How important is the past to you?
Is everything that was... all that happened... just mere history... dinosaur doings?
Do you subscribe to the notion that nothing that is old is worth knowing and that only the new -- the bright and shiny -- is valuable?
Frankly, this week I became obsessed with this notion as the company I work for left its office space of 87 years and moved.
Truth is, our building has been outdated for years -- as it was built not just in a different era (obviously), but for a different use -- it had been designed for doctors and dentists in office suites. In fact, I remember many years ago finding old X-rays in a back closet.
To be fair, when I first entered the building in 1976, its usage state and efficiency quotient were not in my thoughts.
Honestly, I was awed, overwhelmed, intimidated by the sheer energy and power that radiated from the place. To me it was a mecca -- I was drawn to it like a magnet. It was the only place I wanted to be.
Yet as time passed and needs changed and changed again and again -- as we realized that the structure itself could not support our growth and the future as we envisioned it -- we decided to move, and move we did.
All of which leads me to the notion of legacy -- the past and the future.
My loyal readers know that I have no patience and little respect for people who throw out the past -- who claim to learn nothing from what was, who put little or no value (at least publicly) on bringing the knowledge and wisdom of preceding generations to bear on their doings, who posture that what they do is ex nihilo -- sprung out of their fertile creativity -- new and unsullied by the ancients.
Needless to say their vision of the future is equally flawed, as they assume that they will not fall into the "long-ago" category, as what they are creating is forever.
By the way, I love the way the retro style in fashion and design plays to that audience...another Ramble perhaps... but a joke nevertheless.
So here I am, obsessed with legacy, excited by my new digs, wondering what they will mean 87 years hence.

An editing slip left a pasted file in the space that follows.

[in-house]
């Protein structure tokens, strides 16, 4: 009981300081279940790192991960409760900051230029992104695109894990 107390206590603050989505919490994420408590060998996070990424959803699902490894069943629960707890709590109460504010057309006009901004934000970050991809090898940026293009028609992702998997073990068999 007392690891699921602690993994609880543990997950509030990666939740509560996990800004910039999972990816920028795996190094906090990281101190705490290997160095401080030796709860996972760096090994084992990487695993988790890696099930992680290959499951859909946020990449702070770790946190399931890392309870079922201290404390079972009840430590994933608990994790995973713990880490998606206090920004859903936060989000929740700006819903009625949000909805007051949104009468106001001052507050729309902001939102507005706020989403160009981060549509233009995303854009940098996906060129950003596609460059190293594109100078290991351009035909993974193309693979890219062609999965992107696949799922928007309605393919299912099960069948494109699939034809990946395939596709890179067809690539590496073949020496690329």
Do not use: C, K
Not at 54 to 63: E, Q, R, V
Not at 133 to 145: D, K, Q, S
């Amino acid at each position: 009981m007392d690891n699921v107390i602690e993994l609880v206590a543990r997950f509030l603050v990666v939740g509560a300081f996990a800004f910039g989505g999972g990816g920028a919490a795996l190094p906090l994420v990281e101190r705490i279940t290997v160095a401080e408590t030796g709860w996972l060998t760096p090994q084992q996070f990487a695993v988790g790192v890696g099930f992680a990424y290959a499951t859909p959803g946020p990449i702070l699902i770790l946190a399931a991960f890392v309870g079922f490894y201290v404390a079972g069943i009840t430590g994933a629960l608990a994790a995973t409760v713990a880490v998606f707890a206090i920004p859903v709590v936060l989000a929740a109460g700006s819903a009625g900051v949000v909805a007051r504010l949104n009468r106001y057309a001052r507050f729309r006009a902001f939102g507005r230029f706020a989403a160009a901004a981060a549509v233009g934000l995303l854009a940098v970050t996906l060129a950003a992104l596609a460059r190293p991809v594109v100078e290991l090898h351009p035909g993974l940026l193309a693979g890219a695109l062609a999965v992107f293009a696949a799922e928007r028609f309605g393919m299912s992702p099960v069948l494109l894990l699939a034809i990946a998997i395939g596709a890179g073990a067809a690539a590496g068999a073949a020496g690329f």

And then I read the following. Listen:
"We are a continuum. Just as we reach back to our ancestors for our fundamental values, so we, as guardians of that legacy, must reach ahead to our children and their children. And we do so with a sense of sacredness in that reaching." Paul Tsongas
We are a continuum... I love that thought. We are on a journey that has no end, we are a product of the past that was and the future that will be, legacy is not a stagnant pool of water, legacy is not an artifact in a museum or a historical oddity...
Legacy is a living and breathing thing. Legacy is what we build on and pass on to the next generation and the next. We learn and create seamlessly -- changing and molding and evolving and transforming as we grow and move on.
Without Gutenberg there would be no Internet -- understand that and you get my view of legacy.
If you think of Gutenberg as analog and us as digital, you are limiting what we can achieve, as many do.
But if you think of Gutenberg as the revolution of widespread sharing and the resultant desire for knowledge -- and the Internet as a logical and critical step in that revolution -- then the possibilities are endless and go way beyond the next gamification strategy to make a few investors rich.
This week begins our next cycle -- we will continue to build our legacy as I hope 87 years from now our successors will as well.
Legacy is yours and yours alone -- make it so....
What do you think?